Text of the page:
When we first viewed the house, our realtor Mike told us that the neighborhood was “in transition.” It was the end of 2002 and we were sick of our one-bedroom, second-floor apartment with the treacherous steps and the murderously hot summers without air conditioning. By this point we had been abusing the “no pets” clauses for at least six months and our cats spent their days in the bathroom like stowaways on an irregular-shaped yacht. So we were more than ready to move.
What Mike meant was that homes were being snapped up by young couples – DINKS, the lot of us – and that the neighborhood was undergoing a renaissance. He had grown up in this neighborhood himself; he showed us in our floor plan which bedroom had been his, which had been his brother’s. I’m a sucker for this sort of nostalgia. After stalking the house like jealous lovers, driving by at all times of day and night to make sure she was still there, safe and alone, we made the offer. We packed up the cats, a few dozen boxes of books, and moved in. We met the neighbors on all sides, joined the neighborhood watch, and started to make our dull little box of a home into something we loved.
It wasn’t until Baxter came along that I really got to know the neighborhood, though. The most loved beagle on earth insists on two walks a day – nose to the ground, tail in the air, leg lifted frequently. I can credit Baxter with giving me more of an interest in our neighborhood – without these walks I might not notice people moving in or out, or know which cars belong where. I wouldn’t notice the wheelchair ramp being built, or the tacky Christmas decorations lingering nearly to Easter. I wouldn’t know every dog within a twelve block radius, or even be known myself.
“Hi, Baxter!” say the sisters whose names I don’t remember.
“It’s Baxter and his mom!” says the woman walking her black lab. I only know her as Kiya’s mom.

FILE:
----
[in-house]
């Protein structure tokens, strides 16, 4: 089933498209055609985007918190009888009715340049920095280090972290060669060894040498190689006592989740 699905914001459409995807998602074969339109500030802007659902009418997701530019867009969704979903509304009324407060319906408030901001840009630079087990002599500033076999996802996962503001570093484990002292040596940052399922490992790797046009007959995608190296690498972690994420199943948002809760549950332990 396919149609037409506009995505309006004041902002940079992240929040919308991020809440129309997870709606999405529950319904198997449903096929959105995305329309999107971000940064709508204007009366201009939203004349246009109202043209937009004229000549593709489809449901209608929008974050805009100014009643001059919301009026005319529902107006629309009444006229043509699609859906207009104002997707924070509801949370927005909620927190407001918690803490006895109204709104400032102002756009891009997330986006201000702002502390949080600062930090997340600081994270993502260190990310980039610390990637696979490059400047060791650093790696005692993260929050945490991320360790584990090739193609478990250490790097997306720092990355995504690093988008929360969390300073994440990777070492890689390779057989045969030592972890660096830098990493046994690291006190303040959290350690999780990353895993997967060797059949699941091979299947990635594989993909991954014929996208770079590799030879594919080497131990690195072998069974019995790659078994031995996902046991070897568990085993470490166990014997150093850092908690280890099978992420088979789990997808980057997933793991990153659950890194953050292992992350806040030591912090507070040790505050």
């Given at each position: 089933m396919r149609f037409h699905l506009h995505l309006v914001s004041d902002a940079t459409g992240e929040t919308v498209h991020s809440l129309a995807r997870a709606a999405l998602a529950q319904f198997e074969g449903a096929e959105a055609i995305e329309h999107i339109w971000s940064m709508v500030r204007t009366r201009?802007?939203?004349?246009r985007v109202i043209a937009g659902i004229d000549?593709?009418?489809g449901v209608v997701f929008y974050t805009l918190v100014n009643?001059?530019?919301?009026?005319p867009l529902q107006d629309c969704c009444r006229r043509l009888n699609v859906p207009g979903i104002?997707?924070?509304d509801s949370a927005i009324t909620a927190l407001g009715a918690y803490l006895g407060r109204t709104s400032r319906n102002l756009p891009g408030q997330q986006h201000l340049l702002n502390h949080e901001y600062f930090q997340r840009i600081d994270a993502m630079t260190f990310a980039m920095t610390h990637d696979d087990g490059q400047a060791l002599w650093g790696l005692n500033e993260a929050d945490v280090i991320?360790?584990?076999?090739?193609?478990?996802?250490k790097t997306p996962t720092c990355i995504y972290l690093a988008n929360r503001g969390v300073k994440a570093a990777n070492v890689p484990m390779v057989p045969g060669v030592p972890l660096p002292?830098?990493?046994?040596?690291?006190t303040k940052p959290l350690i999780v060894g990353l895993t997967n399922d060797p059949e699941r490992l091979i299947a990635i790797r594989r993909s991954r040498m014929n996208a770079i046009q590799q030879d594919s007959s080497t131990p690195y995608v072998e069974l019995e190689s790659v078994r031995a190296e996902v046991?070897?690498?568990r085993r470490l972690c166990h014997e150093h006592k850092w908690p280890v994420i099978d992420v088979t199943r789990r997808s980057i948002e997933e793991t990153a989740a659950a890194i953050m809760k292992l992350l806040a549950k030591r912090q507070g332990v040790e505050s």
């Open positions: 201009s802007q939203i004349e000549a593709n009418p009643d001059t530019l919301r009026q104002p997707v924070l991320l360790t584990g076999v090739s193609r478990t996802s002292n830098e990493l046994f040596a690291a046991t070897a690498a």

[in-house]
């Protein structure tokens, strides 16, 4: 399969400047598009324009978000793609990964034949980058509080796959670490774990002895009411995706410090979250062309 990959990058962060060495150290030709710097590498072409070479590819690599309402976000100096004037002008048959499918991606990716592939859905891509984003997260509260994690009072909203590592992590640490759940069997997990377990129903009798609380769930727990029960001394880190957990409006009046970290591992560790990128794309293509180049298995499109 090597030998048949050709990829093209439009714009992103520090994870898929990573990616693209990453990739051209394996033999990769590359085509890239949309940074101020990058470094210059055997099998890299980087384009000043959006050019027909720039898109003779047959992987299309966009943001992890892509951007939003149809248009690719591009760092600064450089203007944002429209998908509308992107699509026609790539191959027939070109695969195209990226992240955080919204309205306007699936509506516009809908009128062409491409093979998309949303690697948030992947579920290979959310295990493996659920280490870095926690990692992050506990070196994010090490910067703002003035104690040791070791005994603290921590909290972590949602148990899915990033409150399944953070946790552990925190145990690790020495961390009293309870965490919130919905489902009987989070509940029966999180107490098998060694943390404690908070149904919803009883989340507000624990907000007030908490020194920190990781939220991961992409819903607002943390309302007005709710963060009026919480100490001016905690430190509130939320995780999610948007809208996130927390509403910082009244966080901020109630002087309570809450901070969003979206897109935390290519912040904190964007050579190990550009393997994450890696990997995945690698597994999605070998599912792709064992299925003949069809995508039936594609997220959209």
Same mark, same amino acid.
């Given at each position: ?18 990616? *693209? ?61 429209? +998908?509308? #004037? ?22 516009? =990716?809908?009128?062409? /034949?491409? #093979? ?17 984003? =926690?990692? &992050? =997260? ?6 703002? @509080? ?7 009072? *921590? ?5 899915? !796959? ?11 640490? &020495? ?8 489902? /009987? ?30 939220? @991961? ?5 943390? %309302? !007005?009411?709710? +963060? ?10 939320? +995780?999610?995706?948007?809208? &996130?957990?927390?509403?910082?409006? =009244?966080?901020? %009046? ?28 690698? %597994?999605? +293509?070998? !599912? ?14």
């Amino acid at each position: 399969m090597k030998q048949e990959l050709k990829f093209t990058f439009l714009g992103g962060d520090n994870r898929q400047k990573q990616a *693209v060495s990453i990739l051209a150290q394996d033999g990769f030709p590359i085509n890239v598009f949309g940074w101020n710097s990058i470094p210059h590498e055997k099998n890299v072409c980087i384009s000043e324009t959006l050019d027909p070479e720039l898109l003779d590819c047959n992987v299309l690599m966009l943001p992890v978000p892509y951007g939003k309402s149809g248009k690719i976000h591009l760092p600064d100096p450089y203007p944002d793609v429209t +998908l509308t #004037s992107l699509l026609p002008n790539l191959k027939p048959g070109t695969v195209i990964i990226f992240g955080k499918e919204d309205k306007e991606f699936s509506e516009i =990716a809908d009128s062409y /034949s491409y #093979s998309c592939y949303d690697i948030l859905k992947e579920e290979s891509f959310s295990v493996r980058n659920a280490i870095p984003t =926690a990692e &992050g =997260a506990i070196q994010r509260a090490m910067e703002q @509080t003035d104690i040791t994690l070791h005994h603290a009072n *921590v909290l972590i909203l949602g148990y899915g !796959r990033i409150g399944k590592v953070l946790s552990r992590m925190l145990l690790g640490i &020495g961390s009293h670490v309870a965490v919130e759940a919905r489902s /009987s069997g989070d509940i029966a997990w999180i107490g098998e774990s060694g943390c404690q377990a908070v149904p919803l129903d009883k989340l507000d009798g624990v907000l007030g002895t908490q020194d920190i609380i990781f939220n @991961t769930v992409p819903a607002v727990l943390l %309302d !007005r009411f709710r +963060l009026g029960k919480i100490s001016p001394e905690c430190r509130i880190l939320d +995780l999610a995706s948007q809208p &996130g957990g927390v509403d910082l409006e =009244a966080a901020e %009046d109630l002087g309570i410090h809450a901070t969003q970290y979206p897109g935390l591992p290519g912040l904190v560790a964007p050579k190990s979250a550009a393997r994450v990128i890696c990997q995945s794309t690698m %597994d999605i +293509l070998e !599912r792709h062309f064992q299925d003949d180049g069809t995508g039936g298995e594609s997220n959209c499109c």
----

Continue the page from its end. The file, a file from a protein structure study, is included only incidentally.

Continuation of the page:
“I see you walking by here all the time,” observes the man whose lower jaw extends much farther than his upper.
“I love that little beagle,” says the homeless man in the park, his voice emerging from beneath layers of fabric.
“Are you taking your dog for a walk?” asks Crazy Lady with the bandaged leg. Just once I’d like to reply, “Nope, not today,” while our six legs hustle past. But I can’t, and it’s more than pity for the infected leg. It’s a matter of being… neighborly.
Maybe this is why I bristled when a friend said, apropos of nothing, that I lived in a bad neighborhood. Well, maybe not nothing – there was the stolen car two years ago and the break-in last June. It is true that our neighborhood was hit hard by the mortgage crisis; some of the homes snapped up at such a steal are now on the market again. But this morning, walking Baxter before the streetlights were off, I had this thought: We’re just “in transition” again. Right now we’re slumping in the other direction, maybe, but it’s a slow slump, and that feels okay for now. It could turn around at any time.
I’m thinking this as I pass Michael, my day-trading/weekend-garage-saling neighbor. He’s wearing shorts and slippers; the fat cigar in his mouth is keeping him warm. He calls out, “’Morning! This is going to be a great day, isn’t it?”
“Yes!” I say, voicing optimism that I rarely let myself believe in. “It’s great already.”
Paula Treick DeBoard